Dr. Cedric Garland explains if a vitamin D deficiency puts women at a greater risk for developing breast cancer.
Dr. Cedric Garland, Dr.P.H., F.A.C.E.:
Well, the best way is to have a test done of the blood. In fact, it’s the only sure way. It’s easy to do. It just takes a few drops of blood on a little blotter sent to a laboratory. It comes back in a few days, and then we know what the level is, just as you would with a cholesterol level or some other measure that will be devoted to protecting your health.
And then when you get that level, it’s best to consult with a doctor or a dietician who is familiar with your medical history, and use an individual and make a decision about the best way to raise that vitamin D level. That will usually involve, if there’s no contra-indication, a little bit of sunshine, it may involve eating more foods that contain vitamin D, probably will involve a little bit of vitamin D supplementation. It’s best if it’s done in combination.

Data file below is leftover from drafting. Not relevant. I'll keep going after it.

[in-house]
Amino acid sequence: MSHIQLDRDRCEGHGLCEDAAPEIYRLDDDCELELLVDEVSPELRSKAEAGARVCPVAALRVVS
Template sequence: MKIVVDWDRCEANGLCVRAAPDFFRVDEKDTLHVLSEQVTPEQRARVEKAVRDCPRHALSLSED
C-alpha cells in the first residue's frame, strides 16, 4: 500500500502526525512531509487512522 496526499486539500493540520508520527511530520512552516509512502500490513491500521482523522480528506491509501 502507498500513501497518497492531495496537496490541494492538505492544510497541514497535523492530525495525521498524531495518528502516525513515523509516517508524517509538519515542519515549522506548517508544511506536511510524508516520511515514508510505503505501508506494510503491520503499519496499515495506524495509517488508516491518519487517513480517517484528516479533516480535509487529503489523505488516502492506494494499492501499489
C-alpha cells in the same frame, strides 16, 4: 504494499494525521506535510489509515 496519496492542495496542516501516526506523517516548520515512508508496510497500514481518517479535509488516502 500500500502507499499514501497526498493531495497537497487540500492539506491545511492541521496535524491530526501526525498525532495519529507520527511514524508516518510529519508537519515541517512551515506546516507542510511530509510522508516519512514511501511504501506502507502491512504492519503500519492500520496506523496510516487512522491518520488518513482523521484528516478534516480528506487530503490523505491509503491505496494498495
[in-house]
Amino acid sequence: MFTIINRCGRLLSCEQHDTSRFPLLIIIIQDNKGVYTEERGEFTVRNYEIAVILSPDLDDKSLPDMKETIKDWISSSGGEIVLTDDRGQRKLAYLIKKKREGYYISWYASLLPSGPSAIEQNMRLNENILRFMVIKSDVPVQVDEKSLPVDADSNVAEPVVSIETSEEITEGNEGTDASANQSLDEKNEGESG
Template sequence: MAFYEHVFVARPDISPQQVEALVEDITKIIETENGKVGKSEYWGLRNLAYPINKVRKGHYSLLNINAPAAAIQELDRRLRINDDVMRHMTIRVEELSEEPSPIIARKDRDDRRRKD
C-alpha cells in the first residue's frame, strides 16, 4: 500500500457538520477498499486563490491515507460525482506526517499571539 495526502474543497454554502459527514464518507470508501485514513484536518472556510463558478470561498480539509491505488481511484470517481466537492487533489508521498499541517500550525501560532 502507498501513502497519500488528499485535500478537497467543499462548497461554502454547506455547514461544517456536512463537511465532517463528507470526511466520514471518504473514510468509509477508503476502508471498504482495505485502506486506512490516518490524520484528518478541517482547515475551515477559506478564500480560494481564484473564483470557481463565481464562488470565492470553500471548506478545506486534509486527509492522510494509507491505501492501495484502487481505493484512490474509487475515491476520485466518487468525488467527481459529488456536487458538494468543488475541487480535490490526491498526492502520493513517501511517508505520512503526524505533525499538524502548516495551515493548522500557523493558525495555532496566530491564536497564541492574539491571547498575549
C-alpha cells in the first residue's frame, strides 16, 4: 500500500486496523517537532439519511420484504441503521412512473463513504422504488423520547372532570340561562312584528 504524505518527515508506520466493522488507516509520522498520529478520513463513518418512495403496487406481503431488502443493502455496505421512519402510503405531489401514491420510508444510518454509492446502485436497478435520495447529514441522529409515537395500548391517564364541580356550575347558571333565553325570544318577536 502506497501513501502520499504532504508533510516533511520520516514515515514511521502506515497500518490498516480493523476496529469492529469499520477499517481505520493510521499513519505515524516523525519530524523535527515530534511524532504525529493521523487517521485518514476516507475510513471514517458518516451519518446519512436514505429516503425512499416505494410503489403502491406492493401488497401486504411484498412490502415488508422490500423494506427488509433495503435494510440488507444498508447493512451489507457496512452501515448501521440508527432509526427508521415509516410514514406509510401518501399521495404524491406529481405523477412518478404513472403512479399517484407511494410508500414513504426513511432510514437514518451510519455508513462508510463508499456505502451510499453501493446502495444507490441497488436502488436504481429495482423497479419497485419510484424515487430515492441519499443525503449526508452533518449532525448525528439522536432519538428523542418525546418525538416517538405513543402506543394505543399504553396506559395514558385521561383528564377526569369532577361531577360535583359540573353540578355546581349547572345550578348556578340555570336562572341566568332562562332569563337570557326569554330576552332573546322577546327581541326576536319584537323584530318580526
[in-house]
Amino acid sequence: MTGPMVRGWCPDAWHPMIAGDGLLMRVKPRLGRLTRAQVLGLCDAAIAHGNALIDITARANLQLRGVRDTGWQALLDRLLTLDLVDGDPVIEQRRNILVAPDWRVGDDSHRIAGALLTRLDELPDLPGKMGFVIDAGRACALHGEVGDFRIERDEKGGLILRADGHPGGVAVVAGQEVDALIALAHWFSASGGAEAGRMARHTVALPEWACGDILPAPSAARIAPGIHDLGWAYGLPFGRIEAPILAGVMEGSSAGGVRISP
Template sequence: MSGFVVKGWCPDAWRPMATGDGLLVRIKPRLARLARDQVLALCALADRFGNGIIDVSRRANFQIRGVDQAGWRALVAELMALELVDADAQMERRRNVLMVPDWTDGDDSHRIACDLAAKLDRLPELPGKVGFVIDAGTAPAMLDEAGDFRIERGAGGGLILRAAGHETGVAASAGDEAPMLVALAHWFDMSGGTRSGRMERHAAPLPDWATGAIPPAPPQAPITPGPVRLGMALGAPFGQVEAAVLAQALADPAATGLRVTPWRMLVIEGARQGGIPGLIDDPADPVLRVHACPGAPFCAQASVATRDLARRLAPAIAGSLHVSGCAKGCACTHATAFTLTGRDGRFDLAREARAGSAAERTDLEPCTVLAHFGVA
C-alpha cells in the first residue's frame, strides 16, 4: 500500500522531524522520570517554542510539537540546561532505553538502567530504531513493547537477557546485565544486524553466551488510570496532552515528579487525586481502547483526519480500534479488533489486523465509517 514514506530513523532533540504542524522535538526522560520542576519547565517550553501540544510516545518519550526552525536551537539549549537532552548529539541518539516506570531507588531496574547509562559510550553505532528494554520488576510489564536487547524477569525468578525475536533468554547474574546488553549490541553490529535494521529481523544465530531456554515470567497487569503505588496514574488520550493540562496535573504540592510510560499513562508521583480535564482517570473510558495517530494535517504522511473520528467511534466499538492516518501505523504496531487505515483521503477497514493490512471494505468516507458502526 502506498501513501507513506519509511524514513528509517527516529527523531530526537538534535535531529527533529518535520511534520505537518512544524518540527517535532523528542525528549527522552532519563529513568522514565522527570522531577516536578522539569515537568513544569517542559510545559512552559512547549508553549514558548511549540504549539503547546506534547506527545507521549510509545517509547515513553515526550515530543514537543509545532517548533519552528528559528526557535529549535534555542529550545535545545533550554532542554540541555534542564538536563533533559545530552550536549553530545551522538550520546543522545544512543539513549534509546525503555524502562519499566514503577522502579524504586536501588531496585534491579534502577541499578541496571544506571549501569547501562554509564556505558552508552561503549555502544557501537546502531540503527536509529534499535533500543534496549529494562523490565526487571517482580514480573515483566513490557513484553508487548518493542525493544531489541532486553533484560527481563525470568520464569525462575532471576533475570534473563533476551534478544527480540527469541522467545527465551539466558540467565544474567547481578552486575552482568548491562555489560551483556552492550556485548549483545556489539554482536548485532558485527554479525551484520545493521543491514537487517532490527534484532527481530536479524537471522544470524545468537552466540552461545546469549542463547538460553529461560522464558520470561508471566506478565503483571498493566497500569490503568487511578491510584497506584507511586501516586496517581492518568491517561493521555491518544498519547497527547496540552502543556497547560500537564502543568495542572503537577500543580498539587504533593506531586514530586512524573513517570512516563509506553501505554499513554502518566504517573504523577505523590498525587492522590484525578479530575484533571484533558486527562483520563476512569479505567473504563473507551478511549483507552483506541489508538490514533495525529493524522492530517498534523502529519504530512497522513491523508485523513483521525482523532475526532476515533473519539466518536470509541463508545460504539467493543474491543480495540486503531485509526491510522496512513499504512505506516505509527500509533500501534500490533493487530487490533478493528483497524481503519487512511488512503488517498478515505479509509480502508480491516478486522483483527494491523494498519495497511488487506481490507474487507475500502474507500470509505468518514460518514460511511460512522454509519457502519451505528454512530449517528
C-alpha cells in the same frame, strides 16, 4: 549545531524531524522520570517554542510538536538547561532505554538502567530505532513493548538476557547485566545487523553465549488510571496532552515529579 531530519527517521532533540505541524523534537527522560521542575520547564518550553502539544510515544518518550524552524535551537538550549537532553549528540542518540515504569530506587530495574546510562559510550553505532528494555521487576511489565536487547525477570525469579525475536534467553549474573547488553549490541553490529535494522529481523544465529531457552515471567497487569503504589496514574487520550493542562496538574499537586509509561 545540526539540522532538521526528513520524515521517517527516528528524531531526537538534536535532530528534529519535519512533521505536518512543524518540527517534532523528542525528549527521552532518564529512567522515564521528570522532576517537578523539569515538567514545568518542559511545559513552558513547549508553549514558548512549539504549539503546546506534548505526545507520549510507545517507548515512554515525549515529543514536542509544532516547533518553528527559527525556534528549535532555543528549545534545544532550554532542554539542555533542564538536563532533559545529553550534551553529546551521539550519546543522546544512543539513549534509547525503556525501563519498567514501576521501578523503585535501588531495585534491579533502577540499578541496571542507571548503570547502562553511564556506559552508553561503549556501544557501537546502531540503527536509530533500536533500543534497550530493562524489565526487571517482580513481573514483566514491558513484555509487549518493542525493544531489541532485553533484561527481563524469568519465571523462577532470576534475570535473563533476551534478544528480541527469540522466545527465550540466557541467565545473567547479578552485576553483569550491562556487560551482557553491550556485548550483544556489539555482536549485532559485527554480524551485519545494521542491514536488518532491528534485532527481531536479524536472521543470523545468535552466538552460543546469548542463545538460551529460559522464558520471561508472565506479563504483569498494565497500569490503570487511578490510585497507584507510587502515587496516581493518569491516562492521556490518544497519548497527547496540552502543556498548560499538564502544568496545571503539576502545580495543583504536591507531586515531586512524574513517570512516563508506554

About Dr. Cedric Garland, Dr.P.H., F.A.C.E.:
Dr. Cedric Garland, Dr.P.H., F.A.C.E., is adjunct professor in the Department of Family and Preventive Medicine at the University of California, San Diego. His research interests include, epidemiology of breast cancer, colon cancer, leukemia, melanoma, multiple sclerosis and ovarian cancer.